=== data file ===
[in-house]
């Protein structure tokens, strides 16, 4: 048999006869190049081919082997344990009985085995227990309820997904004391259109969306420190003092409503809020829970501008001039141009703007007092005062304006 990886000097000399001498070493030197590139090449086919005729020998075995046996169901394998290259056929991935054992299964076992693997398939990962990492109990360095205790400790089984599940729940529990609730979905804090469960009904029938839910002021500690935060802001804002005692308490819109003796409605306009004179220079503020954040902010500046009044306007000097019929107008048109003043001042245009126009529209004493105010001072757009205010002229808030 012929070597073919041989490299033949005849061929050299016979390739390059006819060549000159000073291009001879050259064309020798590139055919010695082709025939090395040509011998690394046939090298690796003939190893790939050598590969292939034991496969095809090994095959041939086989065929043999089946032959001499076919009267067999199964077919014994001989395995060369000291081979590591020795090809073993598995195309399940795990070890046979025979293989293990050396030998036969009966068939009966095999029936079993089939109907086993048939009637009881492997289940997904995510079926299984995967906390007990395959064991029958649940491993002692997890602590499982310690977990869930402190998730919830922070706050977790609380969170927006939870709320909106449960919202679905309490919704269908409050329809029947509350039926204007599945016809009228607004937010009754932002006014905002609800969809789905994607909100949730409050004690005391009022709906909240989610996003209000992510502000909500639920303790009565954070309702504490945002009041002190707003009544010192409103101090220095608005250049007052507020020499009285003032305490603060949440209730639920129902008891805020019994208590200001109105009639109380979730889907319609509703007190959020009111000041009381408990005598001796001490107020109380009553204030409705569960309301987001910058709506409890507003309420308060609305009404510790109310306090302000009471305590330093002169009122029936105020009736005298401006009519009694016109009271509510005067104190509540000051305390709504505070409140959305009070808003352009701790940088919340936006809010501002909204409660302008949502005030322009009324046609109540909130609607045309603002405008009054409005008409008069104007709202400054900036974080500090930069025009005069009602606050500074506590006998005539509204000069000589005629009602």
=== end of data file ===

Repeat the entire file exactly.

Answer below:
[in-house]
């Protein structure tokens, strides 16, 4: 048999006869190049081919082997344990009985085995227990309820997904004391259109969306420190003092409503809020829970501008001039141009703007007092005062304006 990886000097000399001498070493030197590139090449086919005729020998075995046996169901394998290259056929991935054992299964076992693997398939990962990492109990360095205790400790089984599940729940529990609730979905804090469960009904029938839910002021500690935060802001804002005692308490819109003796409605306009004179220079503020954040902010500046009044306007000097019929107008048109003043001042245009126009529209004493105010001072757009205010002229808030 012929070597073919041989490299033949005849061929050299016979390739390059006819060549000159000073291009001879050259064309020798590139055919010695082709025939090395040509011998690394046939090298690796003939190893790939050598590969292939034991496969095809090994095959041939086989065929043999089946032959001499076919009267067999199964077919014994001989395995060369000291081979590591020795090809073993598995195309399940795990070890046979025979293989293990050396030998036969009966068939009966095999029936079993089939109907086993048939009637009881492997289940997904995510079926299984995967906390007990395959064991029958649940491993002692997890602590499982310690977990869930402190998730919830922070706050977790609380969170927006939870709320909106449960919202679905309490919704269908409050329809029947509350039926204007599945016809009228607004937010009754932002006014905002609800969809789905994607909100949730409050004690005391009022709906909240989610996003209000992510502000909500639920303790009565954070309702504490945002009041002190707003009544010192409103101090220095608005250049007052507020020499009285003032305490603060949440209730639920129902008891805020019994208590200001109105009639109380979730889907319609509703007190959020009111000041009381408990005598001796001490107020109380009553204030409705569960309301987001910058709506409890507003309420308060609305009404510790109310306090302000009471305590330093002169009122029936105020009736005298401006009519009694016109009271509510005067104190509540000051305390709504505070409140959305009070808003352009701790940088919340936006809010501002909204409660302008949502005030322009009324046609109540909130609607045309603002405008009054409005008409008069104007709202400054900036974080500090930069025009005069009602606050500074506590006998005539509204000069000589005629009602």